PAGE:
Game 5: Penguins / Bruins – Mark Stuart is Homeless Recap

"God, ref! Can't you see this is Crosby Interference? You didn't call it on the last play, either!"

The home opener is in the bag, and, as I expected, it was a barn burner. It had all the makings of a great game, just missing the win. Matt Porter from the Boston Globe did a fantastic job covering the game, so if you are looking for a blow-by-blow recap, check it out. I am going to give you a rundown of The Jumbotron’s night at the Garden, and Gabe may give you completely different coverage, so watch for that, and a Buffalo Sabres game preview. You think for two people who run a website and just watched a full game live together, we could figure out how to write a recap together. Yeah, not so much. (I’m territorial! – G)

We got down to Causeway Street around 4:15 PM and stood in a fairly short line for the home opener festivities and free t-shirts. The short wait was worth it, but only for the t-shirt. The Bruins slogans get better each year, and by better, I mean further away from the awful tag line of “’s called Bruins”. This year, the Bruins are proud to bring you the “I Want It” campaign, which sadly applied to none of the Ice Girls handing out said t-shirts. Once inside the parking lot, things were pretty lack luster. Some nets with the goalie deal set up, a funky ice sculpture of Patrice Bergeron, some really bad green tea according to Gabe, and 3 Doors Down was playing. Or was it Semisonic?  It may have been Bush.  Regardless, someone was doing horrible renditions of songs that were never good in the first place. The amount of time it took you to read this paragraph was longer than we stayed there. We moved to Sullivan’s Tap for some drinks and “Buck Hunter Safari” (which I must say, is better than Big Buck Hunter), and then some more drinks and food at The Harp.

Warm-ups were about halfway done as we sat down in the Garden. We sat in Loge 20, fairly high up, with a pretty good view of the Penguins shooting twice. Matt Hunwick was dressed for warm-ups and was introduced as part of the team, but was a healthy scratch. Mark Stuart had a great game; sadly, according to the introductions, Stuart isn’t on the team, someone should really let him know.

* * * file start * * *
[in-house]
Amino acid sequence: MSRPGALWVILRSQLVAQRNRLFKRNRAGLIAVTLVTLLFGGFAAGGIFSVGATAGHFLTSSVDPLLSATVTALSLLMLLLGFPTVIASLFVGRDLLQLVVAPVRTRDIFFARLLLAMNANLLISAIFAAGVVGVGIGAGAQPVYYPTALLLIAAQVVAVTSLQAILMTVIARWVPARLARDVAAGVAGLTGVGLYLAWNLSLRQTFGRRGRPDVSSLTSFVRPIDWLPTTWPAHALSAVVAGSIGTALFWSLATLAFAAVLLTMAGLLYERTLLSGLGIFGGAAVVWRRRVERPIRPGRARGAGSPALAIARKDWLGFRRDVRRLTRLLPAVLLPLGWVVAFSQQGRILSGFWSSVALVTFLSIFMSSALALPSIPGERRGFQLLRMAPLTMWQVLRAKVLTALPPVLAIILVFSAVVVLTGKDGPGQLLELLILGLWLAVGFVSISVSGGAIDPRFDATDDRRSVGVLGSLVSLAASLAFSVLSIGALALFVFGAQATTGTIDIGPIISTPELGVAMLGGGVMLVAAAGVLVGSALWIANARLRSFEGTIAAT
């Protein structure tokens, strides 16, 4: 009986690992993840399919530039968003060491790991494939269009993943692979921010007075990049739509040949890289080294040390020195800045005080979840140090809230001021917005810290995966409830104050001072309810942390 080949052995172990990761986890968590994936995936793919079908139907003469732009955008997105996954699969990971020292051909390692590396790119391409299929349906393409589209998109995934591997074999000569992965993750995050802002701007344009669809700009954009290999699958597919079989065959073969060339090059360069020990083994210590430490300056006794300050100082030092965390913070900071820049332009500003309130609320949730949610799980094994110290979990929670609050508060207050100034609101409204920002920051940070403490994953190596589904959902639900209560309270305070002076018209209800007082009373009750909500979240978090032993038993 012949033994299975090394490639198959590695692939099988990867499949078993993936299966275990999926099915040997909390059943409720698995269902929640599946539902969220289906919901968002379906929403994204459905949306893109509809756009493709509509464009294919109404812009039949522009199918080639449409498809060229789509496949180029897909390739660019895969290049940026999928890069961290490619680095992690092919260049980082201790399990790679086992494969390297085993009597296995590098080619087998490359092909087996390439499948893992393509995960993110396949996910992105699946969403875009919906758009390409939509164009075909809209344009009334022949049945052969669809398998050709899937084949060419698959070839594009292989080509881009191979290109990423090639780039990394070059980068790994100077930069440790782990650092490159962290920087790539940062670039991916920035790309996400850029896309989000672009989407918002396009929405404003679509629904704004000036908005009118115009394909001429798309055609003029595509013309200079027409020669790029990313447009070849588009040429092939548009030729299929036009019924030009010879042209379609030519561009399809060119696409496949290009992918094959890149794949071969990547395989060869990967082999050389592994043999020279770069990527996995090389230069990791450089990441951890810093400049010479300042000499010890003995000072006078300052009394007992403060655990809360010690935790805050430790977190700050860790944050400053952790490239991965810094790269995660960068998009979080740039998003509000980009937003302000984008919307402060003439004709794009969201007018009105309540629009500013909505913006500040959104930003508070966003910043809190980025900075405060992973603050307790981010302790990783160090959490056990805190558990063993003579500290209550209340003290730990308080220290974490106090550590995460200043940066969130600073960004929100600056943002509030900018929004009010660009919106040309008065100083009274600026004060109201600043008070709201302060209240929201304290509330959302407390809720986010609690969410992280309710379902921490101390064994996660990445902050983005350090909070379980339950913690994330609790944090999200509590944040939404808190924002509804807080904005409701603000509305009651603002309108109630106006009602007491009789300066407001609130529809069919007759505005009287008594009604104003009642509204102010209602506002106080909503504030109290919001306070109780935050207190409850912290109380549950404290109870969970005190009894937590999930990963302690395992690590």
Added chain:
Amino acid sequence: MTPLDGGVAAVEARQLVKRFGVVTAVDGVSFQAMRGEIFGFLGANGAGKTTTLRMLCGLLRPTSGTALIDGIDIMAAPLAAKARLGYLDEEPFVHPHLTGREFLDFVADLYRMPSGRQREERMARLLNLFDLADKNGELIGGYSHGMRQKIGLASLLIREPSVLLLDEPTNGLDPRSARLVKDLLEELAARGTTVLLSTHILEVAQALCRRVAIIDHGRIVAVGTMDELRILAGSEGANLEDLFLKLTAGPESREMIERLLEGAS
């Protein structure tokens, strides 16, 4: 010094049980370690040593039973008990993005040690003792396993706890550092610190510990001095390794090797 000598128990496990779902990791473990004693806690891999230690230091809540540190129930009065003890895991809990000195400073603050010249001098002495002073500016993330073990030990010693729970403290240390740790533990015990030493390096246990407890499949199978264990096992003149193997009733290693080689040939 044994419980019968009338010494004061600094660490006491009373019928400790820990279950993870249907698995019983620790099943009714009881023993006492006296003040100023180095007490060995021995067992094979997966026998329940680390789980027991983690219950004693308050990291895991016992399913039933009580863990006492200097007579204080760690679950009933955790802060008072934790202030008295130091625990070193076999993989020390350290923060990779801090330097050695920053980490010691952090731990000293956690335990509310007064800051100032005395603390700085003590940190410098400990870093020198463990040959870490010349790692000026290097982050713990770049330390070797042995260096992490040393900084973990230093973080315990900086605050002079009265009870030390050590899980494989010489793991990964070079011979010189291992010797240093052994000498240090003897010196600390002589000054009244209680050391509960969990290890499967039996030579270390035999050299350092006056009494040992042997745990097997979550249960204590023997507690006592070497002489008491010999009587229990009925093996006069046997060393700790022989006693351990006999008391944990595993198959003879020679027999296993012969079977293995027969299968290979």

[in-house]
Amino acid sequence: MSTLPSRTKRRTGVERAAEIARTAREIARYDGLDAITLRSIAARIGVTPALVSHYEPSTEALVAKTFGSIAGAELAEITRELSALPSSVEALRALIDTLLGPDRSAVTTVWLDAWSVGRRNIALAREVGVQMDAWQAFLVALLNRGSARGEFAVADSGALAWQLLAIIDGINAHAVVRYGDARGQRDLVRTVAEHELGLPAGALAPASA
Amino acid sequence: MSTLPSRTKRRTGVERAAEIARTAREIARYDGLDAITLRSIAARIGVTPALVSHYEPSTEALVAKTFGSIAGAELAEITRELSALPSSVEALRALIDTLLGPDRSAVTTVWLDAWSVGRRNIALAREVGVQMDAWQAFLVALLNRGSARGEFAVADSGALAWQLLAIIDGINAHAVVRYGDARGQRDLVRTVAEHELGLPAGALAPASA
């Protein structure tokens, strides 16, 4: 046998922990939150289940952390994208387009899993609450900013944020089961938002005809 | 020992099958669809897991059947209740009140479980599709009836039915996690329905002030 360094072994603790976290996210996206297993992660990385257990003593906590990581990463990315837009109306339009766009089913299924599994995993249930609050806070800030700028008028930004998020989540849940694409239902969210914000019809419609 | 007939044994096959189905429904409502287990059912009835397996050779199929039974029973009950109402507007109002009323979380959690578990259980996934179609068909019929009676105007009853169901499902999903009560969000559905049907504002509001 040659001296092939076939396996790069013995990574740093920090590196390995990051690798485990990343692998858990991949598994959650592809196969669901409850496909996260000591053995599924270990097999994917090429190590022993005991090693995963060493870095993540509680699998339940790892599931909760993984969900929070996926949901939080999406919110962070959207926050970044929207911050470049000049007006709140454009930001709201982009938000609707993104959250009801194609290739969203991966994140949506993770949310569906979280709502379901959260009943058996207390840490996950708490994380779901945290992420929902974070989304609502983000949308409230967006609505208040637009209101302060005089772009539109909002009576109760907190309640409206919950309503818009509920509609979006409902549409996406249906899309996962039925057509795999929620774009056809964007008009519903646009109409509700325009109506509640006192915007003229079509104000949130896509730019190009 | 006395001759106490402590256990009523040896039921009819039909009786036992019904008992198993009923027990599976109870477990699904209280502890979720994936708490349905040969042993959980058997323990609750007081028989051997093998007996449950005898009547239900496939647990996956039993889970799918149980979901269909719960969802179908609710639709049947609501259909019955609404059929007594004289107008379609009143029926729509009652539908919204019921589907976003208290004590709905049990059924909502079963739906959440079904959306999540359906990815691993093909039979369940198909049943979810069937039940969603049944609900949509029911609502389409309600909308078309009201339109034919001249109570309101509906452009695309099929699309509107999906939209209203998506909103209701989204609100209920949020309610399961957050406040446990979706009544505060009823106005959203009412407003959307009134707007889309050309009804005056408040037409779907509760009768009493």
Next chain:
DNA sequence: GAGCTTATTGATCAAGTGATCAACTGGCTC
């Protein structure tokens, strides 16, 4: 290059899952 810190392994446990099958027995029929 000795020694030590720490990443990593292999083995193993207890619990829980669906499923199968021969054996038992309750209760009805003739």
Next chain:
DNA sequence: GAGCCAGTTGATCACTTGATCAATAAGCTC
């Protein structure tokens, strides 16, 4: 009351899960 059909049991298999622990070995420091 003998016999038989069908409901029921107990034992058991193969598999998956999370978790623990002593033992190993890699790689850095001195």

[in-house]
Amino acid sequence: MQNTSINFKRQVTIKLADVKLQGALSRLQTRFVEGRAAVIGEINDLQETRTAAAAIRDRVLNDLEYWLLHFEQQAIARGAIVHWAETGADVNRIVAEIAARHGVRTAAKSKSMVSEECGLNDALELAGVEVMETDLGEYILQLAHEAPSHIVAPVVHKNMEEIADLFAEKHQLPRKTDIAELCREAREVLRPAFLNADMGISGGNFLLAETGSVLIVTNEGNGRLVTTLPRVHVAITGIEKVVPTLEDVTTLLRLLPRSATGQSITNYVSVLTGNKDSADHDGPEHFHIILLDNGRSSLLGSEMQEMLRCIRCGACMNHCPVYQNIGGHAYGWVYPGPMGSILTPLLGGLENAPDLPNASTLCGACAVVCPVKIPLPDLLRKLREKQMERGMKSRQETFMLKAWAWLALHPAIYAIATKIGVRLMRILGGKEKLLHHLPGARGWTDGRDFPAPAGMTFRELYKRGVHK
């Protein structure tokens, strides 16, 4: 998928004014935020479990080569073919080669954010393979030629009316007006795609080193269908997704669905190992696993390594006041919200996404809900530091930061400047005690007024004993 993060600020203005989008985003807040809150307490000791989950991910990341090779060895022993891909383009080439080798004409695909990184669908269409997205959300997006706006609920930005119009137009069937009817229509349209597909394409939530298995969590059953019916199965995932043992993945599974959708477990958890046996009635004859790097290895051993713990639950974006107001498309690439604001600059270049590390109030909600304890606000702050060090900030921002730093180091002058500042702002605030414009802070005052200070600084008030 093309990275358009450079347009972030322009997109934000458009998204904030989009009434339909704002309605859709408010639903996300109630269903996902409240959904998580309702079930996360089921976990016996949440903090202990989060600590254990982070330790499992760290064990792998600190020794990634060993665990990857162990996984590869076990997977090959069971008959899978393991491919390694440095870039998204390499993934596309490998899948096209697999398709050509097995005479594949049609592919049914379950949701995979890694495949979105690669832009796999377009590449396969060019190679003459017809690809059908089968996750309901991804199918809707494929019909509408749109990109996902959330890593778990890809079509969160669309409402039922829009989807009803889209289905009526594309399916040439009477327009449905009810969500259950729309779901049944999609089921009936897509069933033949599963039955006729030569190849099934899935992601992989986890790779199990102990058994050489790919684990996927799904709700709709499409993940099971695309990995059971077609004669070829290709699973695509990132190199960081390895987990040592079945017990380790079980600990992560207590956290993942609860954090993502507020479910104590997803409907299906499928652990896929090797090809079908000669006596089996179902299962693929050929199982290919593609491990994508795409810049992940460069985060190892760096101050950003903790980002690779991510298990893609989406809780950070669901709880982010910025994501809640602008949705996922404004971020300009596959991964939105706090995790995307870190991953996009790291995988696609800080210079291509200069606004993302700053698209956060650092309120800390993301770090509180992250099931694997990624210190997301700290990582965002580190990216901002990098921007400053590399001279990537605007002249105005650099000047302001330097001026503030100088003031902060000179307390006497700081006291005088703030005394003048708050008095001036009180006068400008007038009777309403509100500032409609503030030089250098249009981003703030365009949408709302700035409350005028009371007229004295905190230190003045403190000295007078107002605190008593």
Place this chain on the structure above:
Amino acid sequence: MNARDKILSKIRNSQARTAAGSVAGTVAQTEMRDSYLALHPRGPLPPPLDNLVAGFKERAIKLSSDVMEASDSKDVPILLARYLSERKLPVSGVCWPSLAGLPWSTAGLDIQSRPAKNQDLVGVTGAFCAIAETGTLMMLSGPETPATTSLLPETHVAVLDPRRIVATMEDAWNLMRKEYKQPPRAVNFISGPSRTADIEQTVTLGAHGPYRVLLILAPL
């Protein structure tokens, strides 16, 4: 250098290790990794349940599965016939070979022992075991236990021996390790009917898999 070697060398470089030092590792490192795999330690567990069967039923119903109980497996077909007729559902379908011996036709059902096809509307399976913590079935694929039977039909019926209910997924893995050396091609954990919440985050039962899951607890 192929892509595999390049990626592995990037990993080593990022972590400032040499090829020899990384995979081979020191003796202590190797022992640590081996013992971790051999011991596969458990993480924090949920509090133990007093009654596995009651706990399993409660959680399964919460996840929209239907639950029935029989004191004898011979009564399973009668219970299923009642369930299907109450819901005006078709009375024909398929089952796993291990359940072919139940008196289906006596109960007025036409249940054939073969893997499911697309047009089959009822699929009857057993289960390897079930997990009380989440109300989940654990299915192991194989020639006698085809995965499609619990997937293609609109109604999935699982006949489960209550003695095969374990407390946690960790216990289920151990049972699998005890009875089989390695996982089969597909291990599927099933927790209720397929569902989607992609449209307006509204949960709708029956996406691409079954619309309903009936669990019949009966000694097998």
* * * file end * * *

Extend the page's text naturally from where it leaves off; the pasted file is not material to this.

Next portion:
I didn’t see all of the Senators game the other night, but I’d have to believe tonight’s game was the best effort put forth by the Bruins so far this season. If the Bruins play like they did tonight, for the majority of this season, they will be a force to be reckoned with. They played a high-energy, complete hockey game in all three zones, and the team had an aura of confidence that I hadn’t really seen before. I think after mounting a comeback against Montreal and outplaying Ottawa, the Bruins finally feel like they are the team to beat when they step on the ice.  That’s something that’s been missing since the Year of No Hockey.

To start, I think the defense had an outstanding game. Aaron Ward was fucking pissed off tonight. I do not want to know what made him so angry, but he wasn’t taking shit from anyone. He made this known early by just absolutely dumping Maxime Talbot in the opening minutes, and then trying to hip check everything. Ward wasn’t the only one playing with fire, as Mark Stuart had a solid game and was throwing the body all night. Sidney Crosby seemed to have Dennis Wideman’s number, and stickhandled past Wideman with surprising ease a few times. Wideman seemed to adjust well, but appeared to be frustrated throughout the game. The defense has settled into the system at this point and was doing a great job of stopping shots from getting through to Tim Thomas, and knocking any rebounds away from danger.  Andrew Ference turned in a good defensive night and was ripping off huge shots left and right, but just couldn’t get the puck to the back of the net. Sidney Crosby and Evgeni Malkin are a handful, but the Bruins defense was not intimidated by them, and for the most part the defense was able to prevent them from having any major impact. But with all the good in the game, of course the Bruins had to give up a late period goal. This is the most frustrating thing ever to me, and hopefully later this week I’ll have more on the devastating habit of giving up a late period goal.